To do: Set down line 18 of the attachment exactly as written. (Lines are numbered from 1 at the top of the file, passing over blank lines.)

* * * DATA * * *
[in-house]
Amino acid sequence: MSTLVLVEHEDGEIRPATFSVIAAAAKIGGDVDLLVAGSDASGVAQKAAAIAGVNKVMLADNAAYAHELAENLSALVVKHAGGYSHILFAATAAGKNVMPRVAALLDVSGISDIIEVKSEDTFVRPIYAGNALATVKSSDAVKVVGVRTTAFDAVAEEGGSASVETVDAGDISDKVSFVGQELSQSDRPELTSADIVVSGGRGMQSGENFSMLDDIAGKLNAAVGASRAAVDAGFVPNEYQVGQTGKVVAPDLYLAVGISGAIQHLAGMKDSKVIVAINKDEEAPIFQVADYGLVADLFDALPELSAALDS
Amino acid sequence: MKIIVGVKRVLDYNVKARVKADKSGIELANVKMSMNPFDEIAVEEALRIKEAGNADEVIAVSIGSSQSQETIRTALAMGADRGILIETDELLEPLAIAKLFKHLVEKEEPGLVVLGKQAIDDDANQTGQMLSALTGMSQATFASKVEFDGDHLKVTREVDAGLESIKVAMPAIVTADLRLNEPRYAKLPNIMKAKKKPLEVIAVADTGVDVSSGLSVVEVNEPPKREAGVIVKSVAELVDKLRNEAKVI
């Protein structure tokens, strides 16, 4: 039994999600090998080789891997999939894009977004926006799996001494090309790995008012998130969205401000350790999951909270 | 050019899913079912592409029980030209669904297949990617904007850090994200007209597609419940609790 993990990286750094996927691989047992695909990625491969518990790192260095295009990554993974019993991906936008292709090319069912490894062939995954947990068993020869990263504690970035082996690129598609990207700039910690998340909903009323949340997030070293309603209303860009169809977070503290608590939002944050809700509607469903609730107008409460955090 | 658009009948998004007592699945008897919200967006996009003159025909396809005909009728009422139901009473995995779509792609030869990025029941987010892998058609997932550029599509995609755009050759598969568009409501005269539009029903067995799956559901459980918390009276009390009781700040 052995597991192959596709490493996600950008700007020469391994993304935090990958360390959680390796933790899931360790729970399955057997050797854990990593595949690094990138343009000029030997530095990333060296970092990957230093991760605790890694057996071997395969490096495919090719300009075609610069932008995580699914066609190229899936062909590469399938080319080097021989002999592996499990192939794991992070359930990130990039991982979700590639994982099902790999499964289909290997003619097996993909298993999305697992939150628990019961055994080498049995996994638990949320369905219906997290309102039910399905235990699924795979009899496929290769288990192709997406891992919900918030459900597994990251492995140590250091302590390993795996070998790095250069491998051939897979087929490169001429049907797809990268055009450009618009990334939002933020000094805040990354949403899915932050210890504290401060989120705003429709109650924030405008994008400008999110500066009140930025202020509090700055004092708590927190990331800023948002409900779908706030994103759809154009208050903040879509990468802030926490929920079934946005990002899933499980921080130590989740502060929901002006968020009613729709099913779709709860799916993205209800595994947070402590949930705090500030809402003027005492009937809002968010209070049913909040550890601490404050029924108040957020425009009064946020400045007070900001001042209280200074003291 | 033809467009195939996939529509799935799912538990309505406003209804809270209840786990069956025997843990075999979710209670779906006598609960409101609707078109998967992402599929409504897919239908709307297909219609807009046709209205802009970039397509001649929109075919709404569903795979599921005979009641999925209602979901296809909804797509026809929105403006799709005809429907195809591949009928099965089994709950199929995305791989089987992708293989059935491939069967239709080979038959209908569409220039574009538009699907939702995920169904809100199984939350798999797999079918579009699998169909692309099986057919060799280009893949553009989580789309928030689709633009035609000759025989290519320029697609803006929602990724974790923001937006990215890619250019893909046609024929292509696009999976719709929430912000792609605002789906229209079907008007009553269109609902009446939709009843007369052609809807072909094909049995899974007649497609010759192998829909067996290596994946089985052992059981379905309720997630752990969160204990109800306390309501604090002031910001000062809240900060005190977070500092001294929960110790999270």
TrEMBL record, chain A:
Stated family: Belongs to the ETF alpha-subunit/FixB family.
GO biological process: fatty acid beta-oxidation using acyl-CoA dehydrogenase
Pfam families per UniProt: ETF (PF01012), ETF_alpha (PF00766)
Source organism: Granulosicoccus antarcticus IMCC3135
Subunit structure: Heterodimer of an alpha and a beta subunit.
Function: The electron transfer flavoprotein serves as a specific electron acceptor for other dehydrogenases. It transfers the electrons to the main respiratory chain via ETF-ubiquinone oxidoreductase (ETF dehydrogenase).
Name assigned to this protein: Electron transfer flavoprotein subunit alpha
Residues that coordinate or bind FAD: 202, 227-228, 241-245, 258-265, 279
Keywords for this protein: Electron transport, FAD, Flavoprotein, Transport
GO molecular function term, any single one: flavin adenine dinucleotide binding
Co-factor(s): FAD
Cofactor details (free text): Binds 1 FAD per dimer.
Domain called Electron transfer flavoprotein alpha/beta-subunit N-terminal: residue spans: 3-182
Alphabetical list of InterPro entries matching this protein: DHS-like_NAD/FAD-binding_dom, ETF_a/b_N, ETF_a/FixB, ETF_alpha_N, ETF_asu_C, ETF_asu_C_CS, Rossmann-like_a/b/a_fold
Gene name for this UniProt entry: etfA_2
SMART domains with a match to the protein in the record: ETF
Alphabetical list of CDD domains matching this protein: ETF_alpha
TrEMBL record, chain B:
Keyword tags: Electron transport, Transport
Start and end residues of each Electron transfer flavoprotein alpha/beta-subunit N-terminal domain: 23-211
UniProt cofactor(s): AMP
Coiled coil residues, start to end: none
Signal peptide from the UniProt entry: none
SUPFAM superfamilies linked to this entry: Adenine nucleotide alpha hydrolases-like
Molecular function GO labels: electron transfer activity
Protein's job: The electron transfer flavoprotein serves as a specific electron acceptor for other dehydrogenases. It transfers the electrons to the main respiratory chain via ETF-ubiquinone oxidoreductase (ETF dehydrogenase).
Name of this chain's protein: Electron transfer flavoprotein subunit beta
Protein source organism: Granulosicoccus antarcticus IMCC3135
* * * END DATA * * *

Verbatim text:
Domain called Electron transfer flavoprotein alpha/beta-subunit N-terminal: residue spans: 3-182